Issue seven is the last of the A5 size format with a Daniel Clowes’ covers and Chris Ware does the inside covers and back covers with “Jimmy Corrigan, Smartest Kid on Earth” strip with a mix of fantasy and brutal, creepy reality where each bleeds in Jimmy’s memories and then Jimmy can’t tell what is fantasy or reality, Joe Coleman does “Boxcar Bertha, an Autobiography” his way on the trials and tribulations of a woman hobo, Mary Fleener does a strip on how her husband and herself deal with a dysfunctional couple that are their friends (one who is into pyromania) in “Ashes of Passion”, Doug Allen’s cowboy hat wearing Steven does noir in “Bang”, Gary Leib talks about mental health in an abstract way in “My Mental Health??? Fine”, Spain digs again back into his 1950’s youth in “The Shadow of Fred Toote”, Terry Laban talks about how porn ruined a man’s life and family in “Porn”, Frank Stack goes back into the past and talks assassination of William Shakespeare in “The Bad Must Die”, the drunkard Necropolis Keester drunk stumbles his way into being a corporate spokesman for a sham product in “Necropolis Keester Careens Off the Road to Recovery up the 12 Steps to Psychobabylon”, a man experiences the emptiness of living an urban life in “Tales from the Land of Plenty” by Marc Trujillo”, and Josh Alan Friedman writes up a tale of youth in a old folks retirement home illustrated by Richard Sala in “Come to Pa Pa.” This time the comics outnumber the text with Josh Alan’s story being the only text based thing in the whole issue.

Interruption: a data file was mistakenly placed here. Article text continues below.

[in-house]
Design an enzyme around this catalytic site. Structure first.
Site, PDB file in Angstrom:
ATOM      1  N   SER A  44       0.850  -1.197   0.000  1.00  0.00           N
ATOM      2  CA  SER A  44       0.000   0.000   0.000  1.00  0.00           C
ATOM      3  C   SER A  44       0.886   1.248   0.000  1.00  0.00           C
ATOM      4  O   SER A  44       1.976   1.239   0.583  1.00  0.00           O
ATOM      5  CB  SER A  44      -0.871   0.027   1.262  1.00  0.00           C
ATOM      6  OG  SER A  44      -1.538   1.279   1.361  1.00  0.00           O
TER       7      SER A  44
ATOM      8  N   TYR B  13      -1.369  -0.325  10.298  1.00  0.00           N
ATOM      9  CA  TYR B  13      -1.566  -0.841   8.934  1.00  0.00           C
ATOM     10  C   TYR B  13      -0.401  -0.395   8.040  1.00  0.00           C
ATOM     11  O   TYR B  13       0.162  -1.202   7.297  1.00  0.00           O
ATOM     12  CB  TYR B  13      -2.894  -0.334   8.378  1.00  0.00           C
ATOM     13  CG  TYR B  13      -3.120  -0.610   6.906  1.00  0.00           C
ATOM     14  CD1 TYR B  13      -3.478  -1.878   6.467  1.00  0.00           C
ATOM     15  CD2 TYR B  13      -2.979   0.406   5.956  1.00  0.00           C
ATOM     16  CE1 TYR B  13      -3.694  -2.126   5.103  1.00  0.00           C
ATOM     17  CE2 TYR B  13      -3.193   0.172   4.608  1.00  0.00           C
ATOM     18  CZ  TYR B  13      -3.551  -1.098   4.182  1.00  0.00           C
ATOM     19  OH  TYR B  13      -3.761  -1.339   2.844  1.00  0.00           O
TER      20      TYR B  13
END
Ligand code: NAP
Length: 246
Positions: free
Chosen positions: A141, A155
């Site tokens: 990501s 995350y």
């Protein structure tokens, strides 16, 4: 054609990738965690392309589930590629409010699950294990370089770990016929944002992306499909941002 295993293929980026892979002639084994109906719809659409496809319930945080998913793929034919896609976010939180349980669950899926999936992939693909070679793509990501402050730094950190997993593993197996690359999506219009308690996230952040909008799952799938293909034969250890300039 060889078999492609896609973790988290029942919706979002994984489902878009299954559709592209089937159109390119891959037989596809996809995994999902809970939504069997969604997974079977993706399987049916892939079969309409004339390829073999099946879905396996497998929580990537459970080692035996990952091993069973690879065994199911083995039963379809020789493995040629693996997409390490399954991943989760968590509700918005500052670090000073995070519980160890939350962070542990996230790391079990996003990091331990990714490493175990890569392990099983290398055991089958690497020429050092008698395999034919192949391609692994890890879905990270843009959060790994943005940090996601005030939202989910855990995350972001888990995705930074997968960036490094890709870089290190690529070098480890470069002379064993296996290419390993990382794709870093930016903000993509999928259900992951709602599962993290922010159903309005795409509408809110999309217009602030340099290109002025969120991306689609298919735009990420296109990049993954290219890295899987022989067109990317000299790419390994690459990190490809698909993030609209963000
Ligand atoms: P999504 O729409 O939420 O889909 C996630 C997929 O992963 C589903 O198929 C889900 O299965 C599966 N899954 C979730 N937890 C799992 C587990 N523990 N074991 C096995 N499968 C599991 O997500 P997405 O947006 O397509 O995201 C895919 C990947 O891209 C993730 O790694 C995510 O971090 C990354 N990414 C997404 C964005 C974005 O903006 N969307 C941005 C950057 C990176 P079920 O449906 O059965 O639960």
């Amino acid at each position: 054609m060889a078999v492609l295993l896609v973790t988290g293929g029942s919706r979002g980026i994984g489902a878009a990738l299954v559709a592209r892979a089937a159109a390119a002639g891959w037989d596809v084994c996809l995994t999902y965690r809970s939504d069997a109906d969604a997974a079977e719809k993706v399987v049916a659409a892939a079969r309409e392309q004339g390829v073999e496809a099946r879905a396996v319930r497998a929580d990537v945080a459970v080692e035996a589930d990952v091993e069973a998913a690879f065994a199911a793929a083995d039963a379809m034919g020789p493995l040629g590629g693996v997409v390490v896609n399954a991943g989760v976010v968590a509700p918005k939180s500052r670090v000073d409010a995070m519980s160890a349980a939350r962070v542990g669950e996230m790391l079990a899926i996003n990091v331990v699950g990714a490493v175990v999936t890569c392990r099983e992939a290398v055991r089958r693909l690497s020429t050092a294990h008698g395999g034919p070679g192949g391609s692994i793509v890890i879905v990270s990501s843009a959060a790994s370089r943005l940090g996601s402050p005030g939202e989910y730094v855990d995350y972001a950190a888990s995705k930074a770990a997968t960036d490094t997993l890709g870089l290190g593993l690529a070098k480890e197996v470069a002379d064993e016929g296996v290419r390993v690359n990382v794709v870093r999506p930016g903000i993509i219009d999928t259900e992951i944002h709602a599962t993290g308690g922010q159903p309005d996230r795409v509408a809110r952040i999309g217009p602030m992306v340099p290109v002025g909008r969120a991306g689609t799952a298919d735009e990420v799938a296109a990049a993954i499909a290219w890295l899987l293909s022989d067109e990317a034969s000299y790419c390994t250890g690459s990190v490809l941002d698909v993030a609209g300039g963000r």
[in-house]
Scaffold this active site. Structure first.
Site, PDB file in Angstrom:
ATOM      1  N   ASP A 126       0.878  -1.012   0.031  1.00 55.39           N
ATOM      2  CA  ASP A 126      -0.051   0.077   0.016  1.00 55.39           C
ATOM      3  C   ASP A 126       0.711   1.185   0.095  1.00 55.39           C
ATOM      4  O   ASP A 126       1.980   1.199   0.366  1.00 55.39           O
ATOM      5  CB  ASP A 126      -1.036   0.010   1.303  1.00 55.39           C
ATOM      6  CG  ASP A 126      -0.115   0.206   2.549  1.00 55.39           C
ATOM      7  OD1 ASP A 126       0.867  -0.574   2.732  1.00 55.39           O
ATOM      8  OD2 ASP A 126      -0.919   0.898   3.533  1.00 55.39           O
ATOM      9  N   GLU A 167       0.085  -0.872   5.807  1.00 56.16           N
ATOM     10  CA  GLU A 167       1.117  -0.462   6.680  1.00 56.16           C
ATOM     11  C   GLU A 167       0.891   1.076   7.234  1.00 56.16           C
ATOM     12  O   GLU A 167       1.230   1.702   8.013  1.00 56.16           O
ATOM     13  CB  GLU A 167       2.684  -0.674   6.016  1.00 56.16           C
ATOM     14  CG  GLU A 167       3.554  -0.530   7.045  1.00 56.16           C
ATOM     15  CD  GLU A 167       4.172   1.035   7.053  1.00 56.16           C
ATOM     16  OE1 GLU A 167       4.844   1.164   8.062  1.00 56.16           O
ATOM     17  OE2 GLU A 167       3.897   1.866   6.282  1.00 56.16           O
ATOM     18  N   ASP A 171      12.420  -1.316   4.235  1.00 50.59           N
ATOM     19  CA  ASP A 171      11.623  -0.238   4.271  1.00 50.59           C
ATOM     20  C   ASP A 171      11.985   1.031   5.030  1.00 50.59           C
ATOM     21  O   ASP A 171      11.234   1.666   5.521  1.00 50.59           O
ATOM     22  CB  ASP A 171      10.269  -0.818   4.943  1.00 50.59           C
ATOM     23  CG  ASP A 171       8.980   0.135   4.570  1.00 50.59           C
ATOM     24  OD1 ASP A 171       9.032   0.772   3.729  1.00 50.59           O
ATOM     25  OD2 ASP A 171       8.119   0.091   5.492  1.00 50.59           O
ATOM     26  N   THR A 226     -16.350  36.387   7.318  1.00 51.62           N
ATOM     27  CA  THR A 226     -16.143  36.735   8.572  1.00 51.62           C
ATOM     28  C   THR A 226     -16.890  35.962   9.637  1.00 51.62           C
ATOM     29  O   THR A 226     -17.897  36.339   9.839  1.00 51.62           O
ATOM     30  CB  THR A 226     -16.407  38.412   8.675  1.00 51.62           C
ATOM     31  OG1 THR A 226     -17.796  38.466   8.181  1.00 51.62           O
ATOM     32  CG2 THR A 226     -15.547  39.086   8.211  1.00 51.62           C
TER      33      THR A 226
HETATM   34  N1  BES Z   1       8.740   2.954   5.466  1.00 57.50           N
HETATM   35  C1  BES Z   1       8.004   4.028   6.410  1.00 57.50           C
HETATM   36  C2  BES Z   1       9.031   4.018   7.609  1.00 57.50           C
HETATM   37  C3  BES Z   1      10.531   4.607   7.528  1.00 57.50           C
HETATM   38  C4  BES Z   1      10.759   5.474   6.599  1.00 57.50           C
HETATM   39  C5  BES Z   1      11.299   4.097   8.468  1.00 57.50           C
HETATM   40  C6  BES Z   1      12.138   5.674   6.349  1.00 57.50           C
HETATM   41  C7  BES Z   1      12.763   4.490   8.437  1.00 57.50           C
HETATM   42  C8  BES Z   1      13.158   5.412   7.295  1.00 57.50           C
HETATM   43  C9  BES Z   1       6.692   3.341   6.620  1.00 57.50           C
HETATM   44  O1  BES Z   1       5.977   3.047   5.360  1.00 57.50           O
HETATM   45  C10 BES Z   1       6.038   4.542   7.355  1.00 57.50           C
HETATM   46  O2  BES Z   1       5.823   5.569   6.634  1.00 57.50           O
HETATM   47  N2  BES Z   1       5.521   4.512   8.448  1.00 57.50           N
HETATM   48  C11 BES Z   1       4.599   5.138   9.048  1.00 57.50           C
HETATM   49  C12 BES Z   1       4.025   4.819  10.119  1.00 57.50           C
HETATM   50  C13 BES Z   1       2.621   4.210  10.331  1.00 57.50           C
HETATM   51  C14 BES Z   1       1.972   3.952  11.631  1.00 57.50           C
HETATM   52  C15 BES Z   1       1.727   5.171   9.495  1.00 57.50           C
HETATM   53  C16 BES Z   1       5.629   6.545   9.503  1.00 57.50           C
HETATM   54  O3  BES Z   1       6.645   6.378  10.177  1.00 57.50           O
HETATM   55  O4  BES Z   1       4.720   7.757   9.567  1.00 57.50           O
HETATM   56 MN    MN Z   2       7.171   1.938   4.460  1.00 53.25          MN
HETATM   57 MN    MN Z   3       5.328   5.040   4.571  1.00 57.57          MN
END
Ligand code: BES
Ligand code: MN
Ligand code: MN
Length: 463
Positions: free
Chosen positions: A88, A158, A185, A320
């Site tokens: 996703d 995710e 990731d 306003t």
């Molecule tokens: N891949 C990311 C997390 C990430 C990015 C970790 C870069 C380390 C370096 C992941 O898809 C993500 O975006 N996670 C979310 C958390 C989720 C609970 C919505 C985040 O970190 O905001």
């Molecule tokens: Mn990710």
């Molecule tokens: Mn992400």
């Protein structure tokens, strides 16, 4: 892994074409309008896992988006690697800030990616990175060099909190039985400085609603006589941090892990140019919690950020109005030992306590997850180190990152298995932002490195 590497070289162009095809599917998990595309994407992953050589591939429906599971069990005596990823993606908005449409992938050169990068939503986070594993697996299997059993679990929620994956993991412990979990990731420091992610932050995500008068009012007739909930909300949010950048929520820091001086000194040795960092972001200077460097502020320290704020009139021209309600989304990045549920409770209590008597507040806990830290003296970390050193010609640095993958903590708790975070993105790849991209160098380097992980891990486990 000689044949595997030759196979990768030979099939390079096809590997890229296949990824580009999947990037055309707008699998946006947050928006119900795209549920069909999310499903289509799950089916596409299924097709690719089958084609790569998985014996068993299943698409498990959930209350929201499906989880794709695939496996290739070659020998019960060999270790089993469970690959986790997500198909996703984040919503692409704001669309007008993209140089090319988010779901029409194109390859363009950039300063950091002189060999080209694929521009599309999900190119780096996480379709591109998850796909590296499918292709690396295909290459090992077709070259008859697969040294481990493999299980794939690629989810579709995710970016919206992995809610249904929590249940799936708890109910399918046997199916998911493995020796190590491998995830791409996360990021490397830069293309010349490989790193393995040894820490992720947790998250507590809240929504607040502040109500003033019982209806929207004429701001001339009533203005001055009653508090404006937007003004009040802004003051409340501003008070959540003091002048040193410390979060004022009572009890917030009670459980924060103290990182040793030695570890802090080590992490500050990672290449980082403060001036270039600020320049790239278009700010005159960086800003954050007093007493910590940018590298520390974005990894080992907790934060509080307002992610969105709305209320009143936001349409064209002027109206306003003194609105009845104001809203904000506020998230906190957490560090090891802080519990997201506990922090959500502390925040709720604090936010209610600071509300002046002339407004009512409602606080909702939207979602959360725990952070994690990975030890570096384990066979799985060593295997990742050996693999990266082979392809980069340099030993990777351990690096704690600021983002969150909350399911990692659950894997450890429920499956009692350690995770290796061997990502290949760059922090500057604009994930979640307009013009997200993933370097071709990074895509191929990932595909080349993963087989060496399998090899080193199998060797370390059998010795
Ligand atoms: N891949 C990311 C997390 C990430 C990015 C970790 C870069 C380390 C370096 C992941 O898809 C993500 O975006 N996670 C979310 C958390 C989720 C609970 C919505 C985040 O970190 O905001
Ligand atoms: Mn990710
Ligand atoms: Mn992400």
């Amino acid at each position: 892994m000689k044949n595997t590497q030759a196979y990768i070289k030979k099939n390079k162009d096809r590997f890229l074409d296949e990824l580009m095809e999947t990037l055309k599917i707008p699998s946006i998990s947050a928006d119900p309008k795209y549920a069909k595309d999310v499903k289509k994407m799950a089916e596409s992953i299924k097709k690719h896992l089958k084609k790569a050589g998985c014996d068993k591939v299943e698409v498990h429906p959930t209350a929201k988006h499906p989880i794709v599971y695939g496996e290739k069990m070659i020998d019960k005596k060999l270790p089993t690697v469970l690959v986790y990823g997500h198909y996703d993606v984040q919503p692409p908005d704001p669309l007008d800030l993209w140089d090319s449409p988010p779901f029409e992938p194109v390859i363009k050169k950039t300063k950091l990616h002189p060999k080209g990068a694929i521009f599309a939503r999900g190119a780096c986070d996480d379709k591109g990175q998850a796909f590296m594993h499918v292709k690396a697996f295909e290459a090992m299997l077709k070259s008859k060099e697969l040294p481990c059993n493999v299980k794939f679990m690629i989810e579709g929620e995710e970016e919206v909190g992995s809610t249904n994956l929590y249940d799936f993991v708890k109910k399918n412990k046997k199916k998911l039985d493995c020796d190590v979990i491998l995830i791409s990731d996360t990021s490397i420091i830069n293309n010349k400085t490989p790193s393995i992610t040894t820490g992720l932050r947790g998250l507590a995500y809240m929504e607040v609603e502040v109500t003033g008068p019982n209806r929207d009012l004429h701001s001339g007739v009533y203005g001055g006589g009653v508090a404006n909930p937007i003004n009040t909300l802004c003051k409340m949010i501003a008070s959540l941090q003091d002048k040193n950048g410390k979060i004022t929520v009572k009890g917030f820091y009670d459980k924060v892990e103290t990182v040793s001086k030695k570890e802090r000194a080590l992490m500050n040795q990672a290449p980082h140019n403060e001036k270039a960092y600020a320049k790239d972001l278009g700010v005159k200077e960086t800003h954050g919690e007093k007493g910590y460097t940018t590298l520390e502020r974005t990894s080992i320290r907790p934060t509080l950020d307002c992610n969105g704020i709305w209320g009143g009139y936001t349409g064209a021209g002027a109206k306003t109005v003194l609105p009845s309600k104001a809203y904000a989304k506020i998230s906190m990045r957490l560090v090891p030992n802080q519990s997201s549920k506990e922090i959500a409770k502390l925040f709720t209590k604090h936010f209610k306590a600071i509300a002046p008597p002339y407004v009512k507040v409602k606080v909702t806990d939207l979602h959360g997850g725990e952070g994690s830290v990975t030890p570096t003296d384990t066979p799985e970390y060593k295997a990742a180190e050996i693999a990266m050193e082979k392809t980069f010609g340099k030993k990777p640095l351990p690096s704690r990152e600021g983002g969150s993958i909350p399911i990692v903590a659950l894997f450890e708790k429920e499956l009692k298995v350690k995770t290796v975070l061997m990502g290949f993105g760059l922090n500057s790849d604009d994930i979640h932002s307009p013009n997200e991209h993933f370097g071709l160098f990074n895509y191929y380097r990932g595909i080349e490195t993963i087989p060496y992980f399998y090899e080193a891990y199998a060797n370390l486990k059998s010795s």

Issue eight goes into a bigger 10×10 format to better feature the art, to get this format kick started Walter Minus and Charles Berberian do their strip retro with a tale of jealous love, voodoo picture stabbing and a sci fi ending with “Somewhere Over the Rainbow”, Terry LaBan shows what happens when the sun comes out and the pants drop in “Mating Season”, Richard Sala does a strip on a man going to retrieve his father’s brain in “My Father’s Brain”, Doug Allen brings cowboy hat wearing Steven into redneckville in “Steven and the Morons”, Spain goes back in time again to his 1950’s youth and his favorite radio DJ in “Cruisin’ with the Hound”, Jeffery Steele does a text piece on haunted bars across America with illustrations by Johnathan Rosen “A Case of the Shakes”, Archie Prewitt brings on Sof Boy who gets roughed up by a metal head and his Rottweiler in “Sof’ Boy”, Gary Leib celebrates Halloween, old school, with “Halloween”, Chris Ware has Jimmy Corrigan on a island stranded in another installment of “Jimmy Corrigan, the Smartest Kid on Earth”, a robot goes through abstract adventures in Peter Hoey’s “Angry Gray Robot”, Peter Kuper talks danger on the high bridge in New York City in “The Beaten Path”, David Golden combines drawings with physical objects like matchbooks and beer bottle caps in a story of fiery lust in “Burning Love”, Monte Beauchamp explores the colorful art of the Valmor company in “Art of the Valmor Label”, Frank Stack talks Michelangelo, the painter’s sordid and criminal past in “No Hope No Fear”, Jeff Johnson illustrates a song by Jadydee Short in “Snake Doctor Blues”, Denis Kitchen, publisher of Kitchen Press does a comic on how he is more of a businessman and less of an artist, Marc Trujillo further explores the alienation of urban life with “Tales from the Land of Plenty”, and Drew Friedman talks his career with illustrations from himself and his brother Josh Alan Friedman does a prose piece about an elevator man who loses his cool with an insulting kid in “Elevator Ride”.